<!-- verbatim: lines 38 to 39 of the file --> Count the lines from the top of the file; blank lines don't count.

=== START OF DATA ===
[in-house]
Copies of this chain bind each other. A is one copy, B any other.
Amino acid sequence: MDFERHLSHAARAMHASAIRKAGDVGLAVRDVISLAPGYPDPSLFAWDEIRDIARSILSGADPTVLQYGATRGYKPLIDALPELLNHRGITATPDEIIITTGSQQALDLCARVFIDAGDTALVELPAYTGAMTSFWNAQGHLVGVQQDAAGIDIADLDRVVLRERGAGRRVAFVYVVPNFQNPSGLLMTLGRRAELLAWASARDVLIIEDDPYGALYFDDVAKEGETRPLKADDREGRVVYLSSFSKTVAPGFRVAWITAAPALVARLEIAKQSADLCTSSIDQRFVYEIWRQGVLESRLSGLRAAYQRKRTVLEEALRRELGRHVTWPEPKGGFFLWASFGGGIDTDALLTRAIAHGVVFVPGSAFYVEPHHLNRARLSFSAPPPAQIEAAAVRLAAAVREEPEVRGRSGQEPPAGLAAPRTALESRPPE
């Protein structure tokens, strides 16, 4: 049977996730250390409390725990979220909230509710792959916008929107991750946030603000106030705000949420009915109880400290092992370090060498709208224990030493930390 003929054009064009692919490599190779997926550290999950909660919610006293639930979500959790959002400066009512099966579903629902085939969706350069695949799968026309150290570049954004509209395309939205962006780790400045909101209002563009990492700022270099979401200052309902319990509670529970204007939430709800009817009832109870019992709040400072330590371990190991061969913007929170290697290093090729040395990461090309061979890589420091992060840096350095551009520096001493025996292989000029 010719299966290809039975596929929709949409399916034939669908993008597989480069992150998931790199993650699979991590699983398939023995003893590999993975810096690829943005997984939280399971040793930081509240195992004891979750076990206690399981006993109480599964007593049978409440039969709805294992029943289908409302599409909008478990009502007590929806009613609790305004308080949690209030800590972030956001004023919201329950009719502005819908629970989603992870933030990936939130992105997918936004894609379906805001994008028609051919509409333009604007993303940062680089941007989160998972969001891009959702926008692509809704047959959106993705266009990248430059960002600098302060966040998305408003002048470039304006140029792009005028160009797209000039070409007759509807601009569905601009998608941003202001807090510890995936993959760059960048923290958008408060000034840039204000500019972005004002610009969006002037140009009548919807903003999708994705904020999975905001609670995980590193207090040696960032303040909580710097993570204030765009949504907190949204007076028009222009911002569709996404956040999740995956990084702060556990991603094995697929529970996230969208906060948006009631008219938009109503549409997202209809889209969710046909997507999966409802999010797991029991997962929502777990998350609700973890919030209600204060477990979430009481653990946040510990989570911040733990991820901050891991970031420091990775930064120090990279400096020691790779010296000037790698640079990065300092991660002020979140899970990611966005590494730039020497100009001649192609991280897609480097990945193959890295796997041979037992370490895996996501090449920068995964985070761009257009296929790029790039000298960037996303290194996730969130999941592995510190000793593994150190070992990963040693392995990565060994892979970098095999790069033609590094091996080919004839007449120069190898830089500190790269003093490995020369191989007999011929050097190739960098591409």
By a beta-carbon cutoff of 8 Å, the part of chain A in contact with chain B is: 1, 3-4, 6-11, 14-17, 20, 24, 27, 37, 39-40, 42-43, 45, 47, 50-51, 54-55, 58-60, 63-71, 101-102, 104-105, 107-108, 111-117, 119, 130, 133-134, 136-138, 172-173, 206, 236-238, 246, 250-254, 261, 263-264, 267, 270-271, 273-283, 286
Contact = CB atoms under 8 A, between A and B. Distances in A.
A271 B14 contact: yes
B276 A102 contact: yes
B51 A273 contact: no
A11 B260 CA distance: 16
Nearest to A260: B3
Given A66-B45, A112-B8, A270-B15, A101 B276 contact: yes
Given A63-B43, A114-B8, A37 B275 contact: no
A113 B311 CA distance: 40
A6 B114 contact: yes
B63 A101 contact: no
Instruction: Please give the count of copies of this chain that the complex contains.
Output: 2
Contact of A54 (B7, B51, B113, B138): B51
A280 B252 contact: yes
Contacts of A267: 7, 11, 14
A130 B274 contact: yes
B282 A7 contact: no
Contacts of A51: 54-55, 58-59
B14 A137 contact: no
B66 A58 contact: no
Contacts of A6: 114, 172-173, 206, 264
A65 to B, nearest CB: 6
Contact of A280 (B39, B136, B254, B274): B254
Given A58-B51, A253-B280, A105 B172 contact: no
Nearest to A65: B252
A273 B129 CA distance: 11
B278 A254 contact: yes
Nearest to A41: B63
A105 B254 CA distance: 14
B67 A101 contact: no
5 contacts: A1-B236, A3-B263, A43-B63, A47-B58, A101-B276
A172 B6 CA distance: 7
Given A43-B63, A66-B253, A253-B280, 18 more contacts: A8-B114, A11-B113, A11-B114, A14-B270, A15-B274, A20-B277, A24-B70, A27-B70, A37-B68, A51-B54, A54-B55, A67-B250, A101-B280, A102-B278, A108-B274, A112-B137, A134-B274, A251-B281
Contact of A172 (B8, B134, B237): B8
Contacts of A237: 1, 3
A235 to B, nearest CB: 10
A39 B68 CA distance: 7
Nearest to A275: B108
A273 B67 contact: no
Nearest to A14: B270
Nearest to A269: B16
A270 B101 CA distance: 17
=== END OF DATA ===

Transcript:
A172 B6 CA distance: 7
Given A43-B63, A66-B253, A253-B280, 18 more contacts: A8-B114, A11-B113, A11-B114, A14-B270, A15-B274, A20-B277, A24-B70, A27-B70, A37-B68, A51-B54, A54-B55, A67-B250, A101-B280, A102-B278, A108-B274, A112-B137, A134-B274, A251-B281